France has removed Bermuda and Jersey from its tax haven blacklist.
The move, first announced in December, was made official Sunday when the decision was published in the French finance ministry journal, France’s equivalent of the government gazettes.
The British Virgin Islands, however, remain on the list, together with Brunei, Montserrat, Botswana, Guatemala, Nauru, the Marshall Islands and Niue.
Bermuda, Jersey and the BVI were added to the blacklist in August and faced a penalty tax rate of 75 percent on all capital flows from France.
The motivation for the blacklisting were French concerns that despite the tax information exchange agreements it had concluded with the three jurisdictions, the French tax authorities were not receiving all the information they sought in tax information exchange requests in a satisfactory way.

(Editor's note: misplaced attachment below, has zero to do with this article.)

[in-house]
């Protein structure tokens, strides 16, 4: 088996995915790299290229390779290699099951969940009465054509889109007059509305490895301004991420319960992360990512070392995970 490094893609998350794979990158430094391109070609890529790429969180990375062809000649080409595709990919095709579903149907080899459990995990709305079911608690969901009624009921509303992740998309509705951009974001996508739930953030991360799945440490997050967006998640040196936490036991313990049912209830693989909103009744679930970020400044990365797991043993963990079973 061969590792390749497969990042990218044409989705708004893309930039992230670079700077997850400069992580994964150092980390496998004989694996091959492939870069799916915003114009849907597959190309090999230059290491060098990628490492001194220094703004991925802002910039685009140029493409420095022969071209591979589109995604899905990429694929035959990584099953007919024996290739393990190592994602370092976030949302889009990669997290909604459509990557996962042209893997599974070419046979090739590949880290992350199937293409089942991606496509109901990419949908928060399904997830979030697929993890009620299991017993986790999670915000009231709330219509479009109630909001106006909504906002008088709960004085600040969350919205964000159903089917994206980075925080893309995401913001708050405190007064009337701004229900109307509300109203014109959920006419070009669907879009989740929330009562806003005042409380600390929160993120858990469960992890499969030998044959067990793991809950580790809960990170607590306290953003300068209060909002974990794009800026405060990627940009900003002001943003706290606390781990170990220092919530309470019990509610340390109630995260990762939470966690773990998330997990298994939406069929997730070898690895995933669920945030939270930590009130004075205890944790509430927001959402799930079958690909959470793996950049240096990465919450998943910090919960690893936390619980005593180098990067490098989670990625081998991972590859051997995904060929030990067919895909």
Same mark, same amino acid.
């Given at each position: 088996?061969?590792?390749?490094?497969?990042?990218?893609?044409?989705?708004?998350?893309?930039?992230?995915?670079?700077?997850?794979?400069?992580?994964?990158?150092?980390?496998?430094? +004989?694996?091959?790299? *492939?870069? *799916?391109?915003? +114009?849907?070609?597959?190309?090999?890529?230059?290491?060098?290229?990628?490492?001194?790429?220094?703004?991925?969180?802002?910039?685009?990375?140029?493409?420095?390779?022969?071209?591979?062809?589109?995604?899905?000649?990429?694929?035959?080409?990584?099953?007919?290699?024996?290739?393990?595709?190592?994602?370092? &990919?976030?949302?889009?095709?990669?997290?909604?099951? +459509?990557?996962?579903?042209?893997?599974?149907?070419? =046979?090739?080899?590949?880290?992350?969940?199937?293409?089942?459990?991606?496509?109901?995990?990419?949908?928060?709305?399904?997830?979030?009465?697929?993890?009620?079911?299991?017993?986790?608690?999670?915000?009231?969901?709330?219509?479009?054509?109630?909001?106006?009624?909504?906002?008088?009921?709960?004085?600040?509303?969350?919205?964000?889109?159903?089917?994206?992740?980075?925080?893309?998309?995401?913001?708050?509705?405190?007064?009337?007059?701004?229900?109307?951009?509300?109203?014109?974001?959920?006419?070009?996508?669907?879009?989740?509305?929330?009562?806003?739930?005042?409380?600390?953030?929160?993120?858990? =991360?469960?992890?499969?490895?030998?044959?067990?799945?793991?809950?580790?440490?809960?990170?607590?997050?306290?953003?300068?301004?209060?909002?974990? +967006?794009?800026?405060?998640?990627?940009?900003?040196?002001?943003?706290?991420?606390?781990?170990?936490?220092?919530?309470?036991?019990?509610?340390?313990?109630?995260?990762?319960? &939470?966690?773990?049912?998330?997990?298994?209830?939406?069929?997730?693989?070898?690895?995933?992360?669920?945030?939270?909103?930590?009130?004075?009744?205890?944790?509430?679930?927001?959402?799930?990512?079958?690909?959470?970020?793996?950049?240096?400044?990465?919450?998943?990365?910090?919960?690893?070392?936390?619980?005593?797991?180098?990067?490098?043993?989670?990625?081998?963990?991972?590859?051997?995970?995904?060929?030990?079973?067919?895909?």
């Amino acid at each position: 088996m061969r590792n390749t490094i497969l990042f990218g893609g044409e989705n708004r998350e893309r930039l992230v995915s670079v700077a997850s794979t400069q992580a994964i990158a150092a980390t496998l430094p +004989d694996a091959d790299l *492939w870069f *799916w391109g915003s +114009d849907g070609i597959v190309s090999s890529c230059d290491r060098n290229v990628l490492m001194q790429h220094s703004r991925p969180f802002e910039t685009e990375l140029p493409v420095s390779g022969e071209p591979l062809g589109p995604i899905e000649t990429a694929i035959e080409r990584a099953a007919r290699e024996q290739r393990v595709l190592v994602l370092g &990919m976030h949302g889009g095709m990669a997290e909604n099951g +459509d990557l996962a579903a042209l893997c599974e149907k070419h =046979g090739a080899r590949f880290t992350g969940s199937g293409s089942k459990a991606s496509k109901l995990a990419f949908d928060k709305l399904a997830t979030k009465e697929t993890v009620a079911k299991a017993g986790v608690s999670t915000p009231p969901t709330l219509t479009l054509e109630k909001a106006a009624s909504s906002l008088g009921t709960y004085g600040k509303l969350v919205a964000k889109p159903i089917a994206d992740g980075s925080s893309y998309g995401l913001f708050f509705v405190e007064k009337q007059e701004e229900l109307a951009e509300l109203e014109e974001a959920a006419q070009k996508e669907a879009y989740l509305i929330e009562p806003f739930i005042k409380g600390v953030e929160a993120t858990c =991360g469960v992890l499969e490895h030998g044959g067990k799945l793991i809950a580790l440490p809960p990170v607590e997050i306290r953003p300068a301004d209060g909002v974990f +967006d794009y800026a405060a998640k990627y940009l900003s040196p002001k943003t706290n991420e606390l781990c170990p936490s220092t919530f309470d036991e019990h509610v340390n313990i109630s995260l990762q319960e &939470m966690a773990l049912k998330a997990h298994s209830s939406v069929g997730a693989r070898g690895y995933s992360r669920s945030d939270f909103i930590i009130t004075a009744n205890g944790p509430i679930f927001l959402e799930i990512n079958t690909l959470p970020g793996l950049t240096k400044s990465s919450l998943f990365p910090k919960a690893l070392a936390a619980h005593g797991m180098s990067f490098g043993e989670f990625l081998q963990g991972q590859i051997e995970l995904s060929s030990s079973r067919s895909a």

The French government was also unhappy about an ongoing appeal against an information disclosure in response to a French request in Jersey. Bermuda equally saw a wave of litigation challenging requests for tax information.
The blacklisting caused heightened diplomatic activity between the countries, and Bermuda and Jersey rushed to amend their tax information exchange legislation.
In Jersey, the changes are designed to limit the statutory scope for appeal to judicial review grounds only, and to carve certain elements out of the scope of the judicial review. It also shortens the period for lodging an appeal to 14 days and forces appellants to go directly to the Privy Council, bypassing the Jersey Court of Appeal.
In Bermuda, similar legislative amendments were passed in December.
The French Ministry of Finance said in December, “Jersey and Bermuda have been informed that they will be removed from the list for 2014, which means that the retaliation measures provided for by law will not be applied.”